As shocking images of Afghans desperately clinging to airplanes destined for the U.S. and other allied countries played out on cable news, the Biden administration was scrambling to figure out what to do with the thousands of refugees expecting to come stateside.
And now, after coming under fire for its disastrous mishandling of the drawdown and its complete underestimation of Taliban forces, the U.S. government is calling on volunteers from the Department of Homeland Security (DHS) to help process the visas of Afghan nationals trying to escape the seemingly inevitable reprisal killings and oppression that will come with the return of the Islamic Emirate of Afghanistan. Why DHS isn’t simply assigning workers to the emergency evacuation effort instead of asking for volunteer hands to rise is unknown; the department did not immediately respond to a request for comment.
As per an internal note sent earlier this week to the workforce of the U.S. Citizenship and Immigration Services (USCIS) viewed by VICE News—and first reported on by CNN—the sudden influx and critical need to accelerate the processing of special immigration visas (SIVs) means employees from across the department are needed to fill the void. (The special visa program came into effect during the War on Terror years to allow Afghan and Iraqi citizens affected by the conflicts an expedited path to working and living in the U.S.)
“As the situation in Afghanistan continues to evolve, USCIS is working with departmental agencies to determine the total number of processing sites needed at various U.S. military bases,” says the memo, with some of the expected refugees evacuated from Kabul already being housed and processed at Fort Lee, with other military bases across the country expected to also shelter refugees. “We are looking for volunteers from across the agency to support rapid response temporary on-site immigration processing and adjudications.”
“Individuals will have the opportunity to work with the Department of Defense, Department of State and nongovernmental organizations, as well as other Department of Homeland Security and USCIS colleagues to support this extraordinary initiative.”
The volunteers will be detailed for up to 60 days, per the memo.
SIV applicants and other “vulnerable Afghans,” as the Biden administration has dubbed them, range from interpreters and soldiers to journalists and local embassy workers who fought and worked alongside NATO forces and now face grave danger. Not only has the Taliban reportedly summarily executed several Afghan National Army soldiers outside their homes in recent days, but images have emerged of the Taliban tying nooses around the necks of accused thieves, painting their faces black, and trotting them through the streets in what looks like a return to its harsh judicial system from two decades ago.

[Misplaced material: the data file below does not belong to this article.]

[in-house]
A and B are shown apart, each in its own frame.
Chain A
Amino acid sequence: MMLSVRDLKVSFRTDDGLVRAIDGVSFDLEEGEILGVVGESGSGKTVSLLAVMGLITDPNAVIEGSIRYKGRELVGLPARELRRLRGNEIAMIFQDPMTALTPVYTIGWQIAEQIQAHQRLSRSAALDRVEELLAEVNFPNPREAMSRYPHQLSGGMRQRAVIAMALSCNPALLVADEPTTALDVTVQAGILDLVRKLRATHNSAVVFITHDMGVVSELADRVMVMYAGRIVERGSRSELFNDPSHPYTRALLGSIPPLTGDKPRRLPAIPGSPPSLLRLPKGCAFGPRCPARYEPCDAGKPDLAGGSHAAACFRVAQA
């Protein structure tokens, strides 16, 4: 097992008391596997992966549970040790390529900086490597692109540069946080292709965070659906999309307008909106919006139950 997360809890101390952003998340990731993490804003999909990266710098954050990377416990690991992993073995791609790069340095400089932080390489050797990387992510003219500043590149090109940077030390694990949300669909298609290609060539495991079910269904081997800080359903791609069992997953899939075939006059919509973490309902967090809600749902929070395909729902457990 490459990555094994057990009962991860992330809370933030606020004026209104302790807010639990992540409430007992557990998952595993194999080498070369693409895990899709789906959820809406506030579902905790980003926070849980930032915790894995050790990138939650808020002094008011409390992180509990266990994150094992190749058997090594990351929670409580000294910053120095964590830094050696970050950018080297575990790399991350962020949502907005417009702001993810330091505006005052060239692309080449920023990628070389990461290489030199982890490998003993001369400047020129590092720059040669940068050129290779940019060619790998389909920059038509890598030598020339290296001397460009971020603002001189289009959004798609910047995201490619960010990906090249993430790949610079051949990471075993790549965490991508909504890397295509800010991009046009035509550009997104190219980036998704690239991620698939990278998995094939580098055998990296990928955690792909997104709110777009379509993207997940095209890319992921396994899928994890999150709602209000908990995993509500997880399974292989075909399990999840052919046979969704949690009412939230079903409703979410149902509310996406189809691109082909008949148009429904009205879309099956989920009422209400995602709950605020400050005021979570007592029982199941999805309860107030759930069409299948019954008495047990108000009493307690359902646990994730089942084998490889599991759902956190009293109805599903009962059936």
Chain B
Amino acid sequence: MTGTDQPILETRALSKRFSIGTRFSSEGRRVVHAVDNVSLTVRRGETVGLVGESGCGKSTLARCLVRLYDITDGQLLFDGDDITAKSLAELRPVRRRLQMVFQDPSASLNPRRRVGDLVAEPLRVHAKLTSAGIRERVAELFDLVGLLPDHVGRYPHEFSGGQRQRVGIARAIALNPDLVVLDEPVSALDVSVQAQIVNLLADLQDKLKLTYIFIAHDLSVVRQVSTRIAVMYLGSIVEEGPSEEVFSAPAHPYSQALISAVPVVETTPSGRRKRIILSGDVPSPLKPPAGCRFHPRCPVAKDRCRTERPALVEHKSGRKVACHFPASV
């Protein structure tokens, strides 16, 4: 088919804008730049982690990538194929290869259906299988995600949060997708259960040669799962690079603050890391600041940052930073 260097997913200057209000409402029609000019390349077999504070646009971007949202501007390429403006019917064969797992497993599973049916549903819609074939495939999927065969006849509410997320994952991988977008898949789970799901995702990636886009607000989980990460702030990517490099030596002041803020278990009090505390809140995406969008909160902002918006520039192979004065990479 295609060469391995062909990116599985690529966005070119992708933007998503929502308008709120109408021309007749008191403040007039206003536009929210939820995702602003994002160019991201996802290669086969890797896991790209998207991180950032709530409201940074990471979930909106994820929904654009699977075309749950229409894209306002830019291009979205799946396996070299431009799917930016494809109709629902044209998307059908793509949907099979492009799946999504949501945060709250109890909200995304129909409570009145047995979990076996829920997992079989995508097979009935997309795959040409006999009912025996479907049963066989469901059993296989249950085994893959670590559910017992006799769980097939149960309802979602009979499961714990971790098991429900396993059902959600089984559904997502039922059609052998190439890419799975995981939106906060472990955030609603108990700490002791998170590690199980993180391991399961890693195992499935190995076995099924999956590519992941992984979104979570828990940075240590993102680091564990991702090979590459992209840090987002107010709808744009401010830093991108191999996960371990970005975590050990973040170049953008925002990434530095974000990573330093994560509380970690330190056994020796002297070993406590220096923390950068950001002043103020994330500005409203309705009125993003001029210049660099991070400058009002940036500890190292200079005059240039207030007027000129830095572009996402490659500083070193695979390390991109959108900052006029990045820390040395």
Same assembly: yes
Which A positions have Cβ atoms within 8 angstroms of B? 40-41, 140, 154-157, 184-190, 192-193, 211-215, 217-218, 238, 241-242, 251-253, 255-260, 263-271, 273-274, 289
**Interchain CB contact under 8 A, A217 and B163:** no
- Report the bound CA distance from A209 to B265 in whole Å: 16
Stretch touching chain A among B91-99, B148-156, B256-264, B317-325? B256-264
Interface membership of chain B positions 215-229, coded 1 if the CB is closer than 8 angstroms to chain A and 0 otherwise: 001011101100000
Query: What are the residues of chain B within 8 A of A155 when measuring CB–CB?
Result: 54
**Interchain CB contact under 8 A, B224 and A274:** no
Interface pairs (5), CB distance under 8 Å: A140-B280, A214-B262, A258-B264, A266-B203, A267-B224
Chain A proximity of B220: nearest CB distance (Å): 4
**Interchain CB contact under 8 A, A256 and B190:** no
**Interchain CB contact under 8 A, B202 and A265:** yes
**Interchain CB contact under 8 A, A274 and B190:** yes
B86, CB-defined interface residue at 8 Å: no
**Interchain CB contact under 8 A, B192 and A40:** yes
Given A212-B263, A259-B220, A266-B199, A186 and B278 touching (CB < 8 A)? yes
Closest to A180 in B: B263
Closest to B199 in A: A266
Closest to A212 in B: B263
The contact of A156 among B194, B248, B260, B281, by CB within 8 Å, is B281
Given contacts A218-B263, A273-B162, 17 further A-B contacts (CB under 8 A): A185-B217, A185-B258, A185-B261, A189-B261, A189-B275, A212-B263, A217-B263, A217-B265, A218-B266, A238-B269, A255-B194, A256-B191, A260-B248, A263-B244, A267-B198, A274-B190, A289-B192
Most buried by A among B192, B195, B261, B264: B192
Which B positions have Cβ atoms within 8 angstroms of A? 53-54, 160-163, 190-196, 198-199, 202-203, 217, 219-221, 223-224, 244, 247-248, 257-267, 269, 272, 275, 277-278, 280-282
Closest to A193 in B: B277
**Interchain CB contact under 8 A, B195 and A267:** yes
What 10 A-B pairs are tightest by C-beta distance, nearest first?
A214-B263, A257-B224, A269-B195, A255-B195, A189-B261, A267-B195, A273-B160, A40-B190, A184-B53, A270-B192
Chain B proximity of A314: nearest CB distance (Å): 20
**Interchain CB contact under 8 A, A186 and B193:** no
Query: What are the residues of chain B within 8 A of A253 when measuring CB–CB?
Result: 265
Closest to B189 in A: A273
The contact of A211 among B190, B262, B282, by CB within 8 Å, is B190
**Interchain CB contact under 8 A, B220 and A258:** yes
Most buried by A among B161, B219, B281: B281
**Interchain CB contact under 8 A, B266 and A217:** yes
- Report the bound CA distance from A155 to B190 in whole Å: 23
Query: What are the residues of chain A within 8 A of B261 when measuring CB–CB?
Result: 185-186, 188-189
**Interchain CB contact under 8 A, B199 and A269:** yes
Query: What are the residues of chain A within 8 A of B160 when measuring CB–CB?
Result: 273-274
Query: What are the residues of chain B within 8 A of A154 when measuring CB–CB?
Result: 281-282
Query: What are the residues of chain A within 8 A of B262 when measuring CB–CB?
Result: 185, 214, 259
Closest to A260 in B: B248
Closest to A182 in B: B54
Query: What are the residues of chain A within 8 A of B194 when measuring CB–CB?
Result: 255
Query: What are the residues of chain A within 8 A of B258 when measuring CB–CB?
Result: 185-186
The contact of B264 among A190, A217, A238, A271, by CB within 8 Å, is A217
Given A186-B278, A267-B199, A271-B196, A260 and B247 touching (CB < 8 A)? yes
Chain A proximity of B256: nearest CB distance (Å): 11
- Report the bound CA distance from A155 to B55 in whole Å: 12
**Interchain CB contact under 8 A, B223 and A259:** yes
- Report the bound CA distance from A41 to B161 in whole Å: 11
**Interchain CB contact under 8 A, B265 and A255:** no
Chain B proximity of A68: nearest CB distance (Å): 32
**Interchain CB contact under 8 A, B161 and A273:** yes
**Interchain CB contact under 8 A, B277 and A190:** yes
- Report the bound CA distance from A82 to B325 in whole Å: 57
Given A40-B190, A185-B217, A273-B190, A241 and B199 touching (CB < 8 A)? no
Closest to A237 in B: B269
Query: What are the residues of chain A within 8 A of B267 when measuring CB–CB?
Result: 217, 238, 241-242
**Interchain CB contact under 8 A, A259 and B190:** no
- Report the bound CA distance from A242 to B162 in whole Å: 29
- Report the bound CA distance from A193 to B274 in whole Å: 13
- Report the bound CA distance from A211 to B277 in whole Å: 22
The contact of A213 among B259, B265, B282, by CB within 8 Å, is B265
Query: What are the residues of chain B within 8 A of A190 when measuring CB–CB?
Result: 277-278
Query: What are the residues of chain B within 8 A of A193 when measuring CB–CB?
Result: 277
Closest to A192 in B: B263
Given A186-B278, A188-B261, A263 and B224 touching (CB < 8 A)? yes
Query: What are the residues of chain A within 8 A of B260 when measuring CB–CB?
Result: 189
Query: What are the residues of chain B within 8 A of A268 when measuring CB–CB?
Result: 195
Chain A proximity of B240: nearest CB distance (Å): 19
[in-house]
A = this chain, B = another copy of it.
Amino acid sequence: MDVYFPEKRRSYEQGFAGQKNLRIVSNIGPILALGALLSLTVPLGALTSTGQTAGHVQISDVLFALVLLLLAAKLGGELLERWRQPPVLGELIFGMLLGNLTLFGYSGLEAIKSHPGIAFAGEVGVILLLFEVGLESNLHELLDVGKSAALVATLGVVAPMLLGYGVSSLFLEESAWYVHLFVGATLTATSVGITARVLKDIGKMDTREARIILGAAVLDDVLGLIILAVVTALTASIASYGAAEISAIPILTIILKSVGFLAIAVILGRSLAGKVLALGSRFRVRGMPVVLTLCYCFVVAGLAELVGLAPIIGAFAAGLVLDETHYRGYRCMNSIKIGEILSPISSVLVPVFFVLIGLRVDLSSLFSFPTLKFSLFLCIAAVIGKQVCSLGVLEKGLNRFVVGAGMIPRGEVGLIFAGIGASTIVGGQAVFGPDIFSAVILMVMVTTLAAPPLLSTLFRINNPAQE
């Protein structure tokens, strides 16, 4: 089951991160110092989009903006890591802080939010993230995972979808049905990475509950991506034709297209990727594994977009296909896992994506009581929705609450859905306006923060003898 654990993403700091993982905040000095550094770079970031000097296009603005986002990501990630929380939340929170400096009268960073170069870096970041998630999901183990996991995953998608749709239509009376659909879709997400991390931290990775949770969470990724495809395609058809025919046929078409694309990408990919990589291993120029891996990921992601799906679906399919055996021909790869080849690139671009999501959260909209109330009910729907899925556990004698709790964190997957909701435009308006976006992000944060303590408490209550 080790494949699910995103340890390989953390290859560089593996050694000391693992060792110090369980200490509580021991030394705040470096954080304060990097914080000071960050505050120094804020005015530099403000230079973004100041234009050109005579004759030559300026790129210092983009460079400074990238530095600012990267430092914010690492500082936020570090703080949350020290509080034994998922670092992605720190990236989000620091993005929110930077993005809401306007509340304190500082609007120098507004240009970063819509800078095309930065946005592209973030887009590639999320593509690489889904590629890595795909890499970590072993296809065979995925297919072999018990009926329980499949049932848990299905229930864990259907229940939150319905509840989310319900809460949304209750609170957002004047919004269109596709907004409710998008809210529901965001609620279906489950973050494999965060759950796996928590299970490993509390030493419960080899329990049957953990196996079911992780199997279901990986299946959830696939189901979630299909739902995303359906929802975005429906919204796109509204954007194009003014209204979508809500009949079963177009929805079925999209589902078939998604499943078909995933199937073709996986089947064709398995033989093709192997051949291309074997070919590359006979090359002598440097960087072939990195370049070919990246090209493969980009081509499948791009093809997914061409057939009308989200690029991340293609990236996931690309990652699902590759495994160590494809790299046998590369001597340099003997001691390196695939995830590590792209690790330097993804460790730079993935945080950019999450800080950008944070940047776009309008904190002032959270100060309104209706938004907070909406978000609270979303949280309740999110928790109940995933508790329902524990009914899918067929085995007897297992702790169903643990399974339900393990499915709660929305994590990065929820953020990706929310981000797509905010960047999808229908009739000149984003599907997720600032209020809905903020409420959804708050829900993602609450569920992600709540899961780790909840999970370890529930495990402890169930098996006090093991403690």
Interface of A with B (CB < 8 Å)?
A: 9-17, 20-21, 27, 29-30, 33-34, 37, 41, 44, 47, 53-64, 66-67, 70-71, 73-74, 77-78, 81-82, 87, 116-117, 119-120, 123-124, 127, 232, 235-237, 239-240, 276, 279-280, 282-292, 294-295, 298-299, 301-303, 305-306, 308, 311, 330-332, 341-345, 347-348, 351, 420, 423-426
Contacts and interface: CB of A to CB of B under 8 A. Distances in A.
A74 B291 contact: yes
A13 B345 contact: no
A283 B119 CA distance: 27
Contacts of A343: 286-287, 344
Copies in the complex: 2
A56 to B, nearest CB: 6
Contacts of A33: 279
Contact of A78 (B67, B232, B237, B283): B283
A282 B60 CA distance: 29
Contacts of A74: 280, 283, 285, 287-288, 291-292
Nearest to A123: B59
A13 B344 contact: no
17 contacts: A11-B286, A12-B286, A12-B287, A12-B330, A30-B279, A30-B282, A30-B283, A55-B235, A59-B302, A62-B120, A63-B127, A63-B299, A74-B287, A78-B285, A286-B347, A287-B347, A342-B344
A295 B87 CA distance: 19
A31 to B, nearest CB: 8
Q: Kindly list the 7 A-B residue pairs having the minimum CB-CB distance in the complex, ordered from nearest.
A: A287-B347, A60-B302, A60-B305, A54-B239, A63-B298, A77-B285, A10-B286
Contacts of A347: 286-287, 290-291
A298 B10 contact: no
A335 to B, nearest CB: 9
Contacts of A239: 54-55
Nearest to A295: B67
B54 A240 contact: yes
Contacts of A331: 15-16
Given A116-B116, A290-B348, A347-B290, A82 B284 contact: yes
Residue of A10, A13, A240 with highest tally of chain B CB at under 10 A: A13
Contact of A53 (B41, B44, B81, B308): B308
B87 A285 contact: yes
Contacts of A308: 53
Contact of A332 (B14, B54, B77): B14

All of these reprisals were widely foreseen by a chorus of analysts and experts, but the Biden administration appeared completely unprepared for the sudden and rapid Taliban takeover of all of Afghanistan. Late Monday, President Biden directed Secretary of State Anthony Blinken to use the Migration and Refugee Assistance Act, which would help expedite government action to account for the sudden and "unexpected urgent refugee and migration needs of refugees” coming out of Afghanistan. President Biden made the decision only hours after steadfastly denying he had made any mistakes withdrawing from Afghanistan and instead blamed the Afghan military for not fighting hard enough against the invasion of the Taliban into government-controlled lands.
In a news conference yesterday, State Department spokesperson Ned Price offered little on the status of Afghan refugees, but did acknowledge the upsetting images coming from Kabul.
“We continue to pursue all options to relocate interested and qualified Afghan SIV applicants and their immediate families,” said Price, “as well as other vulnerable Afghans.”
A joint Pentagon and State Department statement, released on Monday, reiterated that up to 6,000 American troops would be helping to secure the airport in Kabul in the coming days in order to complete the evacuation of U.S. citizens and Afghan nationals who worked with American forces.
“Tomorrow and over the coming days, we will be transferring out of the country thousands of American citizens who have been resident in Afghanistan, as well as locally employed staff of the U.S. mission in Kabul and their families and other particularly vulnerable Afghan nationals,” it said, pointing out that SIV applicants are being heavily considered in the evacuation efforts. “And we will accelerate the evacuation of thousands of Afghans eligible for U.S. Special Immigrant Visas, nearly 2,000 of whom have already arrived in the United States over the past two weeks.”